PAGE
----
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Equality & Inclusivity

Africa Day 2020: Africa's youth are rising to the challenge

This blog is bought to you by guest editors Brighton Mukupa Kaoma, WWF International President’s Awardee and Alice Ruhweza, WWF Regional Director for Africa

Today we celebrate Africa Day and commemorate the founding of the Organization of African Unity on May 25, 1963. While we celebrate in solitude, we’re reminded to reflect on our forefathers’ service, their principles of coexistence between the individual and society, and the greater values of social cohesion and unity of purpose.

For those of us born after the liberation movement — Africa Day serves as a beacon of inspiration for an integrated, prosperous, and peaceful Africa that is determined by its own citizens. And those citizens are now comprised of the youngest population anywhere in the world!

Now is the time for young people to be given a chance to lead the continent. Sixty percent of Africa’s 1.25 billion people are under the age of 25, and there has never been a more tech-savvy generation as today’s young people. In the last decade, we have seen the expansion of successful youth-owned ecommerce unicorns such as Sendy, Lori, and KOBO360, in East and West Africa. With the emergence of social media and new technology, young people have found new ways of mobilising and holding each other and those in power accountable for their actions and civic responsibilities.

But today’s youth face two existential crises at once: nature loss and climate change. They are experiencing first-hand the impacts of climate change and they view themselves as having the most to lose if they do not take action. They are rising to the challenge and holding their political leaders to account on both the ecological and climate crises.

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Brighton Kaoma (L), a WWF International President’s Awardee and Alice Ruhweza (R), WWF Regional Director for Africa

For example, The African Youth Initiative on Climate Change (AYICC) formed in 2006 connects youth action around the continent. World Scouting and WWF are working together to raise awareness among young people and inspire action to protect nature and the environment. The Youth4Nature initiative is mobilizing youth to take action and advocate for political leaders to deliver up to 30% of the climate solutions needed by 2030 from nature-based solutions with a clear vision for the future. Movements like ‘Fridays for the Future’ have also been highly successful, mobilising 13 million young people across 7,500 cities to challenge political inaction on the changing climate.

Across Africa, we continue to see this vigorous energy exuded by young people who are taking centre stage to develop to their communities. WWF’s Education for Sustainable Development seeks to address the right of children and youth through education, improved healthcare, and a sustainable environment. With over 9.7 million weekly listeners, The Childrens Radio Foundation in South Africa has created a platform for 2,000 young radio broadcasters to ignite important conversations and build pathways aimed at strengthening their communities. Young people are at the centre of redefining how climate information is disseminated across five African countries.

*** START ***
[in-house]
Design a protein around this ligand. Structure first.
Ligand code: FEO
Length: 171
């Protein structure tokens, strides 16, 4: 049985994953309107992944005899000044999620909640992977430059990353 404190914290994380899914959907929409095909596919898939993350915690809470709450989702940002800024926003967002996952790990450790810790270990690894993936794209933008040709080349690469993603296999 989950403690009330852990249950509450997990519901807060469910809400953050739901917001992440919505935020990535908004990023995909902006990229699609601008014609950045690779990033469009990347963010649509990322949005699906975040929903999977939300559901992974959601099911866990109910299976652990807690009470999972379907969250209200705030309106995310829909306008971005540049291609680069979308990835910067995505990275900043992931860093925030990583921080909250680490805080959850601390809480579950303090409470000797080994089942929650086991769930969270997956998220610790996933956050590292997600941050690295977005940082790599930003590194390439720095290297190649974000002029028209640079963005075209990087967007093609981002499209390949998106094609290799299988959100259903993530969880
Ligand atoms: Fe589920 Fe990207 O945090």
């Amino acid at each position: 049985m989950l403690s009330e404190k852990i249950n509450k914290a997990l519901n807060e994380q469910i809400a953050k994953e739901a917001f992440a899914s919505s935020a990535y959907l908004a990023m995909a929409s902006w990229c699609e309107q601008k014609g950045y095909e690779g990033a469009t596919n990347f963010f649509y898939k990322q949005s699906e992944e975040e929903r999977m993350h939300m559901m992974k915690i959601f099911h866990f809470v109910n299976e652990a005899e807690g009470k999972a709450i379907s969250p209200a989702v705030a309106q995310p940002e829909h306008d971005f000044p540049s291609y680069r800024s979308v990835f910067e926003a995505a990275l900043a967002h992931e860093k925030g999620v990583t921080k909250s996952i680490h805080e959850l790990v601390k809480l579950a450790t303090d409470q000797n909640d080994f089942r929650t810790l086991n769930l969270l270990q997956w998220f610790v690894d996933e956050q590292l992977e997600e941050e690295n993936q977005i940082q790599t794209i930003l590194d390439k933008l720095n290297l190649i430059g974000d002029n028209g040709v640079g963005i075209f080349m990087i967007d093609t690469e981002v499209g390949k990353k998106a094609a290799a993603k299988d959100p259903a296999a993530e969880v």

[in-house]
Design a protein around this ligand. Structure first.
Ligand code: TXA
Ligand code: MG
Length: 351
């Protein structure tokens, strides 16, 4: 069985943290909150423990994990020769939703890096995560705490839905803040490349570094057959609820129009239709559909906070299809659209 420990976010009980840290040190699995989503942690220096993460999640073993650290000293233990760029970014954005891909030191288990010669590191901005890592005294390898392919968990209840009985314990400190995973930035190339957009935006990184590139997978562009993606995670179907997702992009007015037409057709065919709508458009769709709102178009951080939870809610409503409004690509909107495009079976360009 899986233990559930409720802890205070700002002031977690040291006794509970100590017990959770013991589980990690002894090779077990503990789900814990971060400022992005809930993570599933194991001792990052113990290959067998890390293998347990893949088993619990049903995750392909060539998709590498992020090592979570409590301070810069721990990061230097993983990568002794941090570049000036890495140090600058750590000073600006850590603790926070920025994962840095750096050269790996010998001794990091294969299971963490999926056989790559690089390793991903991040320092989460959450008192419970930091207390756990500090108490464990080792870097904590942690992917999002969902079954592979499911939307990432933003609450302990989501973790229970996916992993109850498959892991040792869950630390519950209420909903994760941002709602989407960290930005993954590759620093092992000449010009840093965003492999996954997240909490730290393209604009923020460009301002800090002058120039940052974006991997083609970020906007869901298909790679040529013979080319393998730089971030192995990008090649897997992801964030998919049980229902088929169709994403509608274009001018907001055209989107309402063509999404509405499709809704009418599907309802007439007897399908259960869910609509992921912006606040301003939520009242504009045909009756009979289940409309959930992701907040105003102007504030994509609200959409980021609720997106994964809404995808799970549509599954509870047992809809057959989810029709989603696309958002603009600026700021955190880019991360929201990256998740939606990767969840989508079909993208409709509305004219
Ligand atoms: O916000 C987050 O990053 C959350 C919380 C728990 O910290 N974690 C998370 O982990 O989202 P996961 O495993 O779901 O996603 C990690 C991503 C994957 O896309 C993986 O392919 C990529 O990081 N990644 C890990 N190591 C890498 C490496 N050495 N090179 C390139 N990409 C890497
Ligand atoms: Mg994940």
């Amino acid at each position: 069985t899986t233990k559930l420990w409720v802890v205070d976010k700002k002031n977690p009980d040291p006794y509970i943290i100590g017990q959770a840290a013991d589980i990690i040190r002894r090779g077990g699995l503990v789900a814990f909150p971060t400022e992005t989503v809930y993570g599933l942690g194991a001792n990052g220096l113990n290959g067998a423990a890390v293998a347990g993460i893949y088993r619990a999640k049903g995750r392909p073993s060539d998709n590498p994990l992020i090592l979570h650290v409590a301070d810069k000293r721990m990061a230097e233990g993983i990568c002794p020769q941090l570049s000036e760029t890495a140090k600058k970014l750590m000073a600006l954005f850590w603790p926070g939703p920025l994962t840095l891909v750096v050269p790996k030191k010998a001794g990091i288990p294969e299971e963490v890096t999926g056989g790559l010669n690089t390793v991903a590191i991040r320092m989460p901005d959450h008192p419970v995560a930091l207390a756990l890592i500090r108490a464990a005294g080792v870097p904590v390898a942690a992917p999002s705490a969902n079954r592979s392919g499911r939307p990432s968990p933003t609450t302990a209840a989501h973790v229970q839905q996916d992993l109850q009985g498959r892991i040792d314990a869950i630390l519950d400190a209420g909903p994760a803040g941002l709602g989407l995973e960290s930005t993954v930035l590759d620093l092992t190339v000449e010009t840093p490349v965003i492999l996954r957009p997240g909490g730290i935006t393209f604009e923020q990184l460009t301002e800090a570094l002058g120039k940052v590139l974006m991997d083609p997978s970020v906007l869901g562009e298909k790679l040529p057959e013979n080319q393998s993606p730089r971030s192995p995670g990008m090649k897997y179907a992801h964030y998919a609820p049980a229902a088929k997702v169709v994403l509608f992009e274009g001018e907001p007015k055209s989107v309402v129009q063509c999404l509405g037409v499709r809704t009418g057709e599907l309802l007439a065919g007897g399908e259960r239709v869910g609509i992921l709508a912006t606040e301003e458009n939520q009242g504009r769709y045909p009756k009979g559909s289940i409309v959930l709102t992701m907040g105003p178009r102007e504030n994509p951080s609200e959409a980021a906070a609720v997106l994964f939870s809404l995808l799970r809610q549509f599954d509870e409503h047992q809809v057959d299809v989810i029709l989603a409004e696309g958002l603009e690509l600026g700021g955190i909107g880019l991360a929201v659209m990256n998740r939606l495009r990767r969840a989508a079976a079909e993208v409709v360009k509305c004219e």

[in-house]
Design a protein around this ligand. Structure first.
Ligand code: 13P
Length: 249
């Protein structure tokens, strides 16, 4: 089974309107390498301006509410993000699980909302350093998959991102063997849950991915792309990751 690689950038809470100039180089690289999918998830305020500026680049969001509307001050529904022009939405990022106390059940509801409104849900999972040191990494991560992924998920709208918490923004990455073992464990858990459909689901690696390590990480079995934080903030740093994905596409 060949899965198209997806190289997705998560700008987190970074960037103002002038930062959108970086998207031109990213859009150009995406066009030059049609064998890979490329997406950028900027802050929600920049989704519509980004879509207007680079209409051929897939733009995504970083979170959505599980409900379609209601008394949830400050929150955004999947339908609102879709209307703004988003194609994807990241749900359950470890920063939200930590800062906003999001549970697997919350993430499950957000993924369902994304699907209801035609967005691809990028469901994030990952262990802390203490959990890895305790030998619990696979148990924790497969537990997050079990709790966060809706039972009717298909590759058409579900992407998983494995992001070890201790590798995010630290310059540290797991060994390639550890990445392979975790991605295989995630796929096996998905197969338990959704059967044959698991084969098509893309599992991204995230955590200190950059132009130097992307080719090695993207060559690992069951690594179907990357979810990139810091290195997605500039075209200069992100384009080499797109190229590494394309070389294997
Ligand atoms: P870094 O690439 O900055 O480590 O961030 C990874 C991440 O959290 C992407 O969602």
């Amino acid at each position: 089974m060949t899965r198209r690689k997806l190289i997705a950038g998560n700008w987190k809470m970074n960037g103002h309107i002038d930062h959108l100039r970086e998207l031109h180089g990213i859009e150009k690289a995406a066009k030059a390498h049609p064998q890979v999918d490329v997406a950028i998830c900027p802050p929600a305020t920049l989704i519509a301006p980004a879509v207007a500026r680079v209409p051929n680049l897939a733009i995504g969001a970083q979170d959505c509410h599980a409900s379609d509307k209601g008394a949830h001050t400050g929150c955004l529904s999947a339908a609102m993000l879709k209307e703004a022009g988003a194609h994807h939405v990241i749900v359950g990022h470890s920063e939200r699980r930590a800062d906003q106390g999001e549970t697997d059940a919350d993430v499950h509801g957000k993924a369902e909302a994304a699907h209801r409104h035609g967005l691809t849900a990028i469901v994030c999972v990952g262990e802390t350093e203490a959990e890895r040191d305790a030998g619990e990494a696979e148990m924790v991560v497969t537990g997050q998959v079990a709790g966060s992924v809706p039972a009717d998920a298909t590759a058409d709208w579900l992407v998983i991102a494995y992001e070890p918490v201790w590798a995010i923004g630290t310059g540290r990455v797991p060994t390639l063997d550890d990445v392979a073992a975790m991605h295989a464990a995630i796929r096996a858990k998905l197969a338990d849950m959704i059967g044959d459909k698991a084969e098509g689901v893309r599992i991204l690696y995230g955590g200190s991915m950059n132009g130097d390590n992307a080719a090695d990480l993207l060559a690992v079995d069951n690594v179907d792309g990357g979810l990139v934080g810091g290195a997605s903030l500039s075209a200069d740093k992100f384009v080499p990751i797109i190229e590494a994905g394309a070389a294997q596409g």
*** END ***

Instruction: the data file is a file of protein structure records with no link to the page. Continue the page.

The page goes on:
The innovation of Africa’s youth has transcended the boundaries of the continent. Working with The Queen’s Commonwealth Trust has enabled us to cross-pollinate ideas across the African continent and the wider Commonwealth, connecting us to a global network of like-minded peers to share solutions and build impactful relationships. The energy and fire of young people is unquenchable — it shows us what a coterie of committed young leaders can do when they are properly supported.

As the burgeoning population of young Africans faced elevated unemployment and the troubling possibility of exclusion from the optimistic promise of their society, our youth mobilized to develop the African Youth Charter, which underlines the rights, duties, and freedoms of young people in Africa. Since then, we have seen strides in the creation of national programmes and strategic policies for youth development. However, with only 34 out of the 54 African countries having adopted a national youth policy, the remaining 16 countries have a duty to demonstrate that youth are a priority and their needs must be taken seriously.

As our continent struggles with social inequality, elite capture, extremism, xenophobia, and viral pandemics such as COVID-19 and HIV/AIDS, we can take inspiration from our forefathers’ unity of purpose, which inspired them to unite in fostering an integrated, prosperous, and peaceful Africa that is determined by its own citizens. With 375 million young people in Africa expected to reach working age by 2030, African governments have no choice but to incorporate youth voices in policy making.

On a momentous day such as today, we are reminded to reflect on the spirit of pan-Africanism and the value of service above self. In times of both peace and crisis, our forefathers chose to build bridges in place of walls, knowing fully the interdependent nature of individuals and nations. These bridges transcended artificial geographical separations and led to enhanced trade and commerce among African nations. We call on you, the youth of today, to rise to this challenge and be vigilant in your pursuit for the Africa our forefathers imagined and the Africa we want.

Date Published: 26th May 2020

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